Among the big winners, it seems that there's at least one film that audiences and critics were in agreement in their support: Destin Cretton's "Short Term 12." The drama follows life at a foster care center through the eyes of one of its younger staff members, a depiction that drew critical praise for its grounded, honest details. But if that doesn't initially strike you as the stuff of immediate SXSW legend, take it from our critic Eric Kohn, who wrote on his ballot, "Don't trust a bad description. 'Short Term 12' didn't sound like much on paper, but..."
The other SXSW premiere that fared well in the overall poll response was "Drinking Buddies," the latest entry in the ever-expanding filmography of prolific director Joe Swanberg. Like Cretton, the positive response to the film netted Swanberg multiple mentions among critics voting for Best Director at the festival. On the other side of the camera, "Drinking Buddies" leads Olivia Wilde, Jake Johnson and Anna Kendrick anchored the cast, which walked off with the Best Ensemble prize.
Critics were also asked to vote for Best First Feature, a category that was topped by E.L. Katz' "Cheap Thrills," which also garnered Pat Healy a solid amount of acclaim for his lead role (even among those who weren't fans of his eerie turn in "Compliance"). Multiple critics stressed that the film's best shocking, twisted moments are best left undiscussed, but with four different performances getting votes among the festival's best and the runaway Best First Feature nod, this one will be heard from again.
Not all of our poll respondents were able to attend both Sundance and SXSW, so there was a bit of an overlap between some top vote-getters at Park City and Austin. "Before Midnight" and "Upstream Color," two of the most celebrated and discussed films following their premieres two months ago, managed to capitalize on a second wave of critical exposure. TIFF 2012 vet "Much Ado About Nothing" also made ripples of its own, cracking the top five in the Best Ensemble category.
Most of the top performances benefited from being integral to the success of some of the festival's best films. In the Lead Performance column, Brie Larson's turn in "Short Term 12" came out on top, followed by Wilde, Healy and a pair of Sundance alumn: Lindsay Burdge in "A Teacher" and Amy Seimetz from "Upstream Color." The Supporting Performance responses were a tad more spread out, but with one clear winner at the top: "Spring Breakers" cartoonish gangster James Franco. John Gallagher, Jr. in "Short Term 12," Kendrick, and Sara Paxton (who made appearances in both "Cheap Thrills" and "The Bounceback") rounded out the runners-up.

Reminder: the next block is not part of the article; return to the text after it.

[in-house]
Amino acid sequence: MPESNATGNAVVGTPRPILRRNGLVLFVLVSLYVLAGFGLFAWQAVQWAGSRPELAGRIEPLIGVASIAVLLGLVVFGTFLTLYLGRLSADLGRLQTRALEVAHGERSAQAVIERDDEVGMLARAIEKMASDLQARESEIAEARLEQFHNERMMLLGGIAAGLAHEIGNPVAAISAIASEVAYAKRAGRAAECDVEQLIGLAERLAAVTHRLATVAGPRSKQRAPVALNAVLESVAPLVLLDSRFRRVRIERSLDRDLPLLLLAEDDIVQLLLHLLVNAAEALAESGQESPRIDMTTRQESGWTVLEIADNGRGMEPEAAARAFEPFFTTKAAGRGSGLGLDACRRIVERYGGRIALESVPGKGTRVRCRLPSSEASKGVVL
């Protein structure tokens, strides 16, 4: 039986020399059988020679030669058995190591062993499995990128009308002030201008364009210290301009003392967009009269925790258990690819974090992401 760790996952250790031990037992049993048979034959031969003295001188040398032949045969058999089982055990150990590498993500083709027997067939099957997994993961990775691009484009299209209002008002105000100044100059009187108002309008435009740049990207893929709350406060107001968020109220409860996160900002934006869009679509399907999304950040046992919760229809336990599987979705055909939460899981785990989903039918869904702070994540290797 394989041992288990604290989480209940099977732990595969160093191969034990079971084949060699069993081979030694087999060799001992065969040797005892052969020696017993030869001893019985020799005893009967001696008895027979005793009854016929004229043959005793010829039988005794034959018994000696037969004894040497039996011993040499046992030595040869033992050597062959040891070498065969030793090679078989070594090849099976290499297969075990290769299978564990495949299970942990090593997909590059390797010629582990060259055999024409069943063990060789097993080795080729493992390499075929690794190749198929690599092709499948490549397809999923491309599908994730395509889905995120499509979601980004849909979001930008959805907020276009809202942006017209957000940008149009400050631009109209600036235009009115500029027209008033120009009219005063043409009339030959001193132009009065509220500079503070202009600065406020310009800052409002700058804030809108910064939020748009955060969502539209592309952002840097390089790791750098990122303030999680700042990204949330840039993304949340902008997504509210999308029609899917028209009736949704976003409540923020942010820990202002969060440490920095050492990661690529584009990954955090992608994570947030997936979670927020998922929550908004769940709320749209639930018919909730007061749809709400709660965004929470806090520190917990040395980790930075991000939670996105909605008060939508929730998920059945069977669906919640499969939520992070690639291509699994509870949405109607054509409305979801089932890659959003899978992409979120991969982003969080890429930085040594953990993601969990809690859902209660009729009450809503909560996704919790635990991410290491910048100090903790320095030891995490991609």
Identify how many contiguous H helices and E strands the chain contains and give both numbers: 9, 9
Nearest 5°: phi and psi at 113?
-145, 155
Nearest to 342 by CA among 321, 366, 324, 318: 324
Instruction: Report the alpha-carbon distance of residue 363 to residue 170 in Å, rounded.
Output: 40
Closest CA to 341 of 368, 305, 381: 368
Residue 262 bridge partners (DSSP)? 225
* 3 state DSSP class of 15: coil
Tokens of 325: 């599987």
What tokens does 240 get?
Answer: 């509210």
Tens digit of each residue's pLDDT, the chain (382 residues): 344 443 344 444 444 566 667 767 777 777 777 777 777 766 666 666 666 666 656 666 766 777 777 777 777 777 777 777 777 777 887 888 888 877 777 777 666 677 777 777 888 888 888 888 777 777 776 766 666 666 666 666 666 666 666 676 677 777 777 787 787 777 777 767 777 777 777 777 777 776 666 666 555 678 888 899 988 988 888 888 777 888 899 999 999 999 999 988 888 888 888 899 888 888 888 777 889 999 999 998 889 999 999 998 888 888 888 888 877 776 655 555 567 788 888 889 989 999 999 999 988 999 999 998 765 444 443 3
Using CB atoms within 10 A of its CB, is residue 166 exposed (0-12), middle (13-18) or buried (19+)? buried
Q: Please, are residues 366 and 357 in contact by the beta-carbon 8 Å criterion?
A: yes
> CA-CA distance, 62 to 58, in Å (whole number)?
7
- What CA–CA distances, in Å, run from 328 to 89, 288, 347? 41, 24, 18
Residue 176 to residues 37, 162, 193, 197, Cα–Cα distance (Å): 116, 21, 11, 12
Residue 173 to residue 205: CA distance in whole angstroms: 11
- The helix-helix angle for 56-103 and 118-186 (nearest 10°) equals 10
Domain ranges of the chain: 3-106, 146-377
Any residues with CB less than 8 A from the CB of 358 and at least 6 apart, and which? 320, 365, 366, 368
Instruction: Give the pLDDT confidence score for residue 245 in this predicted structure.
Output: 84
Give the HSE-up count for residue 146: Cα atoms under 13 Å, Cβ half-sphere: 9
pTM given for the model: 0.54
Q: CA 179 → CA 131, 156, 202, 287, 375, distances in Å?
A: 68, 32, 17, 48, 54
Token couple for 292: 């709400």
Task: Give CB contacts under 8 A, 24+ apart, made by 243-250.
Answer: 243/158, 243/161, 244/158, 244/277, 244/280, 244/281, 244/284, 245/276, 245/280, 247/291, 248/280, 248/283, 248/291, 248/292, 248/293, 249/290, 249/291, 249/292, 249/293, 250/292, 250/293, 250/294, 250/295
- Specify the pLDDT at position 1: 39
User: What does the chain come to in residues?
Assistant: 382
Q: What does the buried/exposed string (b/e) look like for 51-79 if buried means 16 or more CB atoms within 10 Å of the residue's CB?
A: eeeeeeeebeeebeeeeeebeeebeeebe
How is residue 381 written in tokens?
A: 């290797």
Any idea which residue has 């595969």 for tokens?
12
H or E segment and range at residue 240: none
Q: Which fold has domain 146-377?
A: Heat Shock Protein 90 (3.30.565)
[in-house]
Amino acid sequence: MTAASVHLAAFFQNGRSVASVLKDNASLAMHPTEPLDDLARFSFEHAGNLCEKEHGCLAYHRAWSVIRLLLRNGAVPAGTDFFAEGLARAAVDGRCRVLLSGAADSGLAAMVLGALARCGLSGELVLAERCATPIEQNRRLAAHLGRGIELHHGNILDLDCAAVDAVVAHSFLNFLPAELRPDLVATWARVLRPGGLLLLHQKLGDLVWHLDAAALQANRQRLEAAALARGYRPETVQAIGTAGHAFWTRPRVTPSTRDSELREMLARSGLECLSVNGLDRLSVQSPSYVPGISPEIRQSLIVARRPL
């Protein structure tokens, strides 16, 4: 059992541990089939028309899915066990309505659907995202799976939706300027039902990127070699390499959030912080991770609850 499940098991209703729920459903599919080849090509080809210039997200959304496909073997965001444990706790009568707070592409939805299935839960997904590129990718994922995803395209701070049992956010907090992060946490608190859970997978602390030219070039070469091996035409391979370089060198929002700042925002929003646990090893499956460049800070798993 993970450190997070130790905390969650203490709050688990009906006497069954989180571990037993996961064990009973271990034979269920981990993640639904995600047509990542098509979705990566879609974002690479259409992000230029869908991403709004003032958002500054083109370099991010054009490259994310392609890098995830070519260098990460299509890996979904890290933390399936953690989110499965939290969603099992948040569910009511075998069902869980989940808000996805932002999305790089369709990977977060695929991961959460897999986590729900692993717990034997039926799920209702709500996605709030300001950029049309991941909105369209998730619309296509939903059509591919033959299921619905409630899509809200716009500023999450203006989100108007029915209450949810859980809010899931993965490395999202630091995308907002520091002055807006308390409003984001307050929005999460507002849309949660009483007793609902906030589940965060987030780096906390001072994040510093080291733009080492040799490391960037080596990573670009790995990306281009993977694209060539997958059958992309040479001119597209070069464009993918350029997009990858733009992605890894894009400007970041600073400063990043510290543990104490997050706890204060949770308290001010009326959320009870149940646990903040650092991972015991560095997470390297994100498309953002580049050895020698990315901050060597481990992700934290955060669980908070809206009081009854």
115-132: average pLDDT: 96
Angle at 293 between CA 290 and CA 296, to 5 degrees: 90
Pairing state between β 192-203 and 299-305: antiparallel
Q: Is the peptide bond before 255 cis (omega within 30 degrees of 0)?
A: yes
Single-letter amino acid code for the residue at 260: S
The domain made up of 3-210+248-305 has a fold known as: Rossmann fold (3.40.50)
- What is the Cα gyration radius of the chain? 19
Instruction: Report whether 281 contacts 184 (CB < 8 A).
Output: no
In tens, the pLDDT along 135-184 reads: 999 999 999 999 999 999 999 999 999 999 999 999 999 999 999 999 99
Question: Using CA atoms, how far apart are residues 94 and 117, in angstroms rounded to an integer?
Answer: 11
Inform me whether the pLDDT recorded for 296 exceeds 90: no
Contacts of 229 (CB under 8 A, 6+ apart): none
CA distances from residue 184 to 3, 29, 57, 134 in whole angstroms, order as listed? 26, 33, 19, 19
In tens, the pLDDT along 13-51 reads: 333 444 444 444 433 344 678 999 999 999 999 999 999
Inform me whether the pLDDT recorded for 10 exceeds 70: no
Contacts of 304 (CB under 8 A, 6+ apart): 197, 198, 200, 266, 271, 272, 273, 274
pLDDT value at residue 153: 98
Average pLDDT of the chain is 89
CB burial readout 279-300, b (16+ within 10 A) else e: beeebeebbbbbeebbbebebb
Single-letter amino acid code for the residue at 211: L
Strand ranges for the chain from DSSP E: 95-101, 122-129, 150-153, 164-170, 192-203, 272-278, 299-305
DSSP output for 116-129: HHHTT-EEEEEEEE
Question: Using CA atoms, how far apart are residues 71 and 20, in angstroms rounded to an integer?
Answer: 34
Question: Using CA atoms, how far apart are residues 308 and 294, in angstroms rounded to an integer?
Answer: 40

With the SXSW edition of our traditional end-of-fest poll, we added a few new categories that haven't been present in past versions. For the first time, we offered critics a chance to single out their Best Scenes from SXSW films. Perhaps the best news for those who couldn't make it to Texas for the festivities is that crowd pleaser "Spring Breakers," featuring the aforementioned Franco performance and available for viewing outside festival screenings, received the most number of mentions.
The feedback for documentaries was widespread enough to avoid having a clear consensus, but "William and the Windmill," "Milius" and "Our Nixon" were the trio that sat atop the premieres. The latter of the three took multiple mentions in the Best Scene category, both for its depiction of former president Richard Nixon and the effect that those instrumental in prompting his resignation had on the public.
This time, critics were also invited to list the films they were unable to see in Austin but hoped to catch at some point further down the line. While films like "Before Midnight" and "Short Term 12" did well there, our critics pointed to another pair of documentaries among the SXSW premieres: "12 O'Clock Boys" and "Rewind This!" If even those who made the journey down to Texas are anticipating many of these SXSW 2013 films, don't expect the buzz from this year's festival to go away anytime soon.